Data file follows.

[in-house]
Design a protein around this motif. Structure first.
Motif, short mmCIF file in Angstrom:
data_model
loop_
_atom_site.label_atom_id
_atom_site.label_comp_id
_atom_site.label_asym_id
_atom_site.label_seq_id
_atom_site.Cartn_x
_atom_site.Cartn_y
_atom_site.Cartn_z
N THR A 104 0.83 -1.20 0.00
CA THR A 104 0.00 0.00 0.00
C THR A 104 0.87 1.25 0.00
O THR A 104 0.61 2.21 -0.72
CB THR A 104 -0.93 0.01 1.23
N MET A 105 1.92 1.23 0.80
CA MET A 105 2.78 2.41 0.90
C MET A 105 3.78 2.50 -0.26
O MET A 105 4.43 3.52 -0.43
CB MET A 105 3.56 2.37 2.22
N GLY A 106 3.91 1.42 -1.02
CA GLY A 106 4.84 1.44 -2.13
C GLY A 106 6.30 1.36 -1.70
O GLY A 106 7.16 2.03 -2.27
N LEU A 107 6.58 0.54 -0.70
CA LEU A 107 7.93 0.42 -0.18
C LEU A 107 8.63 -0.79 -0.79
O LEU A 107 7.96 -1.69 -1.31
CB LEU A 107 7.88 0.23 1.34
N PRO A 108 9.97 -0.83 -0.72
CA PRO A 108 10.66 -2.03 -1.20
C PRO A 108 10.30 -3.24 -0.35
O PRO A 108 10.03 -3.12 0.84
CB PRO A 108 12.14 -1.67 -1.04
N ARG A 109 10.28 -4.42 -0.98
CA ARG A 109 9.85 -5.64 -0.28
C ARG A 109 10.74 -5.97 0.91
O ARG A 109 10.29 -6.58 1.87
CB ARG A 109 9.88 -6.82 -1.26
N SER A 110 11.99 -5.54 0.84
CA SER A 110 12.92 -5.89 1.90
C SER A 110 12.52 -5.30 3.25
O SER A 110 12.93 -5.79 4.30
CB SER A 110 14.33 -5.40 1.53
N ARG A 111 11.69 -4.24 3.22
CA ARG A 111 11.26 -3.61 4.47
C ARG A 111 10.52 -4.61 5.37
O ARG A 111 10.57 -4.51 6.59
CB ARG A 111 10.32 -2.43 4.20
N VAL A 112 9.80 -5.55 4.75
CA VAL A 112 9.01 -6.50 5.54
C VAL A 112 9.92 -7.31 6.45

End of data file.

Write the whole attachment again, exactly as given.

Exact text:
[in-house]
Design a protein around this motif. Structure first.
Motif, short mmCIF file in Angstrom:
data_model
loop_
_atom_site.label_atom_id
_atom_site.label_comp_id
_atom_site.label_asym_id
_atom_site.label_seq_id
_atom_site.Cartn_x
_atom_site.Cartn_y
_atom_site.Cartn_z
N THR A 104 0.83 -1.20 0.00
CA THR A 104 0.00 0.00 0.00
C THR A 104 0.87 1.25 0.00
O THR A 104 0.61 2.21 -0.72
CB THR A 104 -0.93 0.01 1.23
N MET A 105 1.92 1.23 0.80
CA MET A 105 2.78 2.41 0.90
C MET A 105 3.78 2.50 -0.26
O MET A 105 4.43 3.52 -0.43
CB MET A 105 3.56 2.37 2.22
N GLY A 106 3.91 1.42 -1.02
CA GLY A 106 4.84 1.44 -2.13
C GLY A 106 6.30 1.36 -1.70
O GLY A 106 7.16 2.03 -2.27
N LEU A 107 6.58 0.54 -0.70
CA LEU A 107 7.93 0.42 -0.18
C LEU A 107 8.63 -0.79 -0.79
O LEU A 107 7.96 -1.69 -1.31
CB LEU A 107 7.88 0.23 1.34
N PRO A 108 9.97 -0.83 -0.72
CA PRO A 108 10.66 -2.03 -1.20
C PRO A 108 10.30 -3.24 -0.35
O PRO A 108 10.03 -3.12 0.84
CB PRO A 108 12.14 -1.67 -1.04
N ARG A 109 10.28 -4.42 -0.98
CA ARG A 109 9.85 -5.64 -0.28
C ARG A 109 10.74 -5.97 0.91
O ARG A 109 10.29 -6.58 1.87
CB ARG A 109 9.88 -6.82 -1.26
N SER A 110 11.99 -5.54 0.84
CA SER A 110 12.92 -5.89 1.90
C SER A 110 12.52 -5.30 3.25
O SER A 110 12.93 -5.79 4.30
CB SER A 110 14.33 -5.40 1.53
N ARG A 111 11.69 -4.24 3.22
CA ARG A 111 11.26 -3.61 4.47
C ARG A 111 10.52 -4.61 5.37
O ARG A 111 10.57 -4.51 6.59
CB ARG A 111 10.32 -2.43 4.20
N VAL A 112 9.80 -5.55 4.75
CA VAL A 112 9.01 -6.50 5.54
C VAL A 112 9.92 -7.31 6.45